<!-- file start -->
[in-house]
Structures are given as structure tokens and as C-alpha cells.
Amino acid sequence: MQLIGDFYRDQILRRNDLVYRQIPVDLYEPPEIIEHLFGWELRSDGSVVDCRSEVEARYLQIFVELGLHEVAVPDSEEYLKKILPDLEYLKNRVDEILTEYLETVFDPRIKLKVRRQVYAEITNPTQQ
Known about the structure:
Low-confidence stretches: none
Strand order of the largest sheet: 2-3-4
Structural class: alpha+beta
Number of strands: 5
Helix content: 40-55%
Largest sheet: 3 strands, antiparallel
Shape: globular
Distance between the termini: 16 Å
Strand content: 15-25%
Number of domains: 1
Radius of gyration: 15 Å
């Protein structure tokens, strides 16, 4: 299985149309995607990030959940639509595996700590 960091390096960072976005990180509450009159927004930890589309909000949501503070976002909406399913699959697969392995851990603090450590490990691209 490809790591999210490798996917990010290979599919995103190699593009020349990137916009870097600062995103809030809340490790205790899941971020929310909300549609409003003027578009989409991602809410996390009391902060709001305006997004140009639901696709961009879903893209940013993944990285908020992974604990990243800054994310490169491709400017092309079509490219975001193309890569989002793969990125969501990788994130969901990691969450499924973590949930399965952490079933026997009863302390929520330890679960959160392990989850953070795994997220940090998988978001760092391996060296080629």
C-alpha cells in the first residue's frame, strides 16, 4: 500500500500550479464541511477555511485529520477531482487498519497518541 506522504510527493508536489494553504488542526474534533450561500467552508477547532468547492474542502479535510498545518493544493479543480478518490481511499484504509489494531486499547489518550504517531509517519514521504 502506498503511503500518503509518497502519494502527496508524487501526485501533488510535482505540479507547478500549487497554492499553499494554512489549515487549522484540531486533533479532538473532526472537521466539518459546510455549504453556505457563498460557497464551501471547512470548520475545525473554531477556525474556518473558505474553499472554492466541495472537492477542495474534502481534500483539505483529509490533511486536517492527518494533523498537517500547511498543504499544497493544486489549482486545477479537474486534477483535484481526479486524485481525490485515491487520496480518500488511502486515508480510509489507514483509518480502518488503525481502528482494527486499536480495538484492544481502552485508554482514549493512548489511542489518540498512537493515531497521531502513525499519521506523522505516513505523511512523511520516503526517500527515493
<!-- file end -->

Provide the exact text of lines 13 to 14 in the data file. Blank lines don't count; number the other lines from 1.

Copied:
Strand content: 15-25%
Number of domains: 1